SmileDirectClub (SDC -NASDAQ) is a direct-to-consumer business model that provides a lost-cost alternative to braces—no orthodontists!! You bypass the doctor!

Nobody enjoys wearing braces. Nobody enjoys paying for braces.  

Source: SmileDirectClub Website

BUT IS THIS A GOOD INVESTMENT? At the end of the day I say—short term maybe yes, but long term, I’m not so sure.

SDC’s stock has had a violent ride in its short history—trading at $21 on IPO day lst fall, and bottoming just under $4 due to many factors, one of which certainly was the coronavirus. 

I was intrigued by their story because they’re growing quickly, and are now at US$ 1 billion in revenue, have net cash and are only trading 2x sales.

Plus, their major competitor, ALGN-NYSE, had an incredible stock run from $20 – $400 in the last decade–a 20-bagger, or 2000% increase! Is there room enough for TWO large players in this space?

But they are also burning cash quickly, and their accounting shows they recognize most of their revenue up front, and collect monthly payments from customers afterwards…which is a real risk that gets paid in this coronavirus environment.




Trading Symbols:                                     SDC

Share Price Today:                                 $5.50

Shares Outstanding:                              382 million

Market Capitalization:                           $2.1 billion

Net CASH:                                                $110 million

Enterprise Value:                                    $2.0 billion

2020 Revenue Consensus                      $998 million

2020 P/S                                                 2.0

2021 Revenue Consensus                      $1,317 million

2021 P/S                                                   1.5x


SmileDirect offers a clear-plastic insert that is worn 22 hours a day, with treatments lasting 5-10 months. Over that time the aligner gradually moves the teeth to their optimal location. Clear plastic, so no stigma of braces and they’re made with 3D printers. Cheap!

SmileDirectClub sells their product to an older population than what you typically think for braces: approximately 5% of its customers are 19 or under, 65% between 20 and 40 years old, and 10% are above 50.

They operate via stand-alone stores as well as from kiosks in third-party drug stores like CVS and Walgreens. 

All of their stores, apart from those in Hong-Kong, have been closed since March and will remain closed until at least May 6th.


A Different Business Model than Align


SmileDirectClub is different than their primary public company competitor – Align Technology (ALGN – NASDAQ).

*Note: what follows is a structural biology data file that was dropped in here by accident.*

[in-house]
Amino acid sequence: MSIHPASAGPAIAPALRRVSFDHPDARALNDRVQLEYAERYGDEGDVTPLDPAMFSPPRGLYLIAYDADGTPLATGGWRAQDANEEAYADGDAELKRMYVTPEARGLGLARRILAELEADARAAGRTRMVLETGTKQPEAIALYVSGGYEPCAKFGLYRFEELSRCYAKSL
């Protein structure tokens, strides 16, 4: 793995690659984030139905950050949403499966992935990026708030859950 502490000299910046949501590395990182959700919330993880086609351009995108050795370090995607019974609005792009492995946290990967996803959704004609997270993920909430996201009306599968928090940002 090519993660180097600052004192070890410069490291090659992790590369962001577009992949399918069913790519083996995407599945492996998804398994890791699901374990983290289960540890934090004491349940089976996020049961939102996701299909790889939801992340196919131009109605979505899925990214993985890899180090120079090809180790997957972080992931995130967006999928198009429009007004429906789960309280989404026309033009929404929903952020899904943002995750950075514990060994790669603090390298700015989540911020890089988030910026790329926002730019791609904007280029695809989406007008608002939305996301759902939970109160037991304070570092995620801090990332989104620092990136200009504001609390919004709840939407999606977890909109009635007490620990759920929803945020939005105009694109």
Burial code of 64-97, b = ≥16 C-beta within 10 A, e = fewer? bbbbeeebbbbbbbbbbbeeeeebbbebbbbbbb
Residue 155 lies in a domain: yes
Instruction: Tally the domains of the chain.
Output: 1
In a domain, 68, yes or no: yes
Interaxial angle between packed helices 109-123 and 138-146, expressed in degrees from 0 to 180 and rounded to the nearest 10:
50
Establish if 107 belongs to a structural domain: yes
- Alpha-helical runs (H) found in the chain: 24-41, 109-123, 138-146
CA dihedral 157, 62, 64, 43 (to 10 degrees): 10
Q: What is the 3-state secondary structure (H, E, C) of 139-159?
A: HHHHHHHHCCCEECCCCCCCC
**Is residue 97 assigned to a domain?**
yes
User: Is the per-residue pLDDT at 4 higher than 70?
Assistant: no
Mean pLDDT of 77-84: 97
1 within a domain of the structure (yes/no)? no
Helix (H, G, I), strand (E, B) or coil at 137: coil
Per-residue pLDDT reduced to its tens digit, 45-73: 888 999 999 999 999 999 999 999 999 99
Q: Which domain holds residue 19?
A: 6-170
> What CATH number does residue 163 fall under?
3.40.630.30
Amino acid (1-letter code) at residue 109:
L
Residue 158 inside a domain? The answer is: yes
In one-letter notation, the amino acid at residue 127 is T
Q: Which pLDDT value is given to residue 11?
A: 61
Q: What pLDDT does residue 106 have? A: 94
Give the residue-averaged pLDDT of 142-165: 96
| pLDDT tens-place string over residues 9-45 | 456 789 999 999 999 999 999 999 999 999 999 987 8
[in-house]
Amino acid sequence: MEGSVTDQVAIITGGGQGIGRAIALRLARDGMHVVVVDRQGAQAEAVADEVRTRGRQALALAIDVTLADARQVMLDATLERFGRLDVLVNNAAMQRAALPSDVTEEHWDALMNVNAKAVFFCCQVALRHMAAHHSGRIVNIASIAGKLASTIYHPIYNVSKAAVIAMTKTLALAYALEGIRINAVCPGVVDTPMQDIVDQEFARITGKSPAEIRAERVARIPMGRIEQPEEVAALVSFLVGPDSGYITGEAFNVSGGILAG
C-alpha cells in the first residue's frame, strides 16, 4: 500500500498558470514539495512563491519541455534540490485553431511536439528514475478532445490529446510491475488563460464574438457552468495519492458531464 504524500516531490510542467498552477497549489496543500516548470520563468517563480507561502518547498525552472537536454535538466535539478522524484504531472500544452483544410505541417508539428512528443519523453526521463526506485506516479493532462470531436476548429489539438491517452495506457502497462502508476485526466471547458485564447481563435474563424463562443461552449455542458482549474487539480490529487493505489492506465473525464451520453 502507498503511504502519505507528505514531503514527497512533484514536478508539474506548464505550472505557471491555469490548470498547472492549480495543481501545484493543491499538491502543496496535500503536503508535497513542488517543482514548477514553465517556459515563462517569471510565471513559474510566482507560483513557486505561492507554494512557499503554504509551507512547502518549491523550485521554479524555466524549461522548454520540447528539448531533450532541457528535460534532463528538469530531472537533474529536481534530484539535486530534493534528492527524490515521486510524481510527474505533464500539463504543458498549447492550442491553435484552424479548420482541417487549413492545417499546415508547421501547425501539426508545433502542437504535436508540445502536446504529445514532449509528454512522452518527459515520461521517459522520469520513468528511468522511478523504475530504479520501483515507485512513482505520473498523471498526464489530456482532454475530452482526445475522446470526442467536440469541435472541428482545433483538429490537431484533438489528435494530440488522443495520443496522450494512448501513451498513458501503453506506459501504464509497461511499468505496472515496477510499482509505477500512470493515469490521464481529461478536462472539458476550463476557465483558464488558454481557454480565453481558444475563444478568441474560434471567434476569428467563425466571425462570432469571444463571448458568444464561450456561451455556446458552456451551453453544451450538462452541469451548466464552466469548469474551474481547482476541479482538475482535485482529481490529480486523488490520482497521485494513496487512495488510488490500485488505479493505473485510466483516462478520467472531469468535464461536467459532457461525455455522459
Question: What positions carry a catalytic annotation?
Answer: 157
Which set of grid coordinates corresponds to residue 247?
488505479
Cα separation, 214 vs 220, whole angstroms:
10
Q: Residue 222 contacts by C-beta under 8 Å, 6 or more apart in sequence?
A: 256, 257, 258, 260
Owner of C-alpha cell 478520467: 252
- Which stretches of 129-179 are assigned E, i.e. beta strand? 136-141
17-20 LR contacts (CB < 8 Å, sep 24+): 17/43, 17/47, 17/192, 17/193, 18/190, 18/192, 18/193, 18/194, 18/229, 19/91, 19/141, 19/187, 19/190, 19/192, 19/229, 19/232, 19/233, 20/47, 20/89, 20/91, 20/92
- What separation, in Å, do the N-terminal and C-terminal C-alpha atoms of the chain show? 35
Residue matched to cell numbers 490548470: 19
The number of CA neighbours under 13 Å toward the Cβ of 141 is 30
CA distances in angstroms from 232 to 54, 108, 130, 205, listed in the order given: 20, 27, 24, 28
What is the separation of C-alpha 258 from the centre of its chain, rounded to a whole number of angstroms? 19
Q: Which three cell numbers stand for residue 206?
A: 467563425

Align was the first public company in the space and their stock performance has been nothing short of incredible. 

Align sells their product directly to orthodontists and dentists while SmileDirectClub has quite a different model. 

Rather then being a component provider (the aligner) to independent orthodontists and dentists, SmileDirectClub provides a vertically integrated solution. 

This has its pros and cons. On the plus side, SmileDirectClub has control over marketing, manufacturing, order fulfillment, financing, and patient monitoring.

They are the only company that can provide an end to end solution.

The biggest con here is the financing. Because SmileDirectClub provides customers with a financing program that is in-house, they are also on the hook for defaults. 

The financing program generally has a small upfront payment – $250 – so SDC relies on customers monthly payments. That payment plan is $85 per month.

Before COVID-19 the default rate was around 10%. You have to think that this will increase over the coming months. I suspect that concerns around defaults have been what has weighed on the stock.

But the financing is part of the attraction of the product, as is its comparably low cost.


A Cheaper Solution


Traditional orthodontics are expensive. This makes them prohibitive to many customers.

The price tag on orthodontics is $5,000 to $8,000.  These costs are high because of the need to visit the dentist multiple times. A set of braces can require up to 15 dental appointments.

SmileDirectClub offers similar result for $1,895. It is a 60% or more cheaper option. They just use 3D printers. There are no visits to the office. All of their treatment done remotely – using teledentistry.

This again has pros and cons.

The pro is the cost. Patients meet with their doctor over the phone or computer. Meetings are at least once every 90 days. Patients upload photos for the doctor to assess.

This is way cheaper than visits to the office. As well, it opens up a segment of the population that never had access to an orthodontist.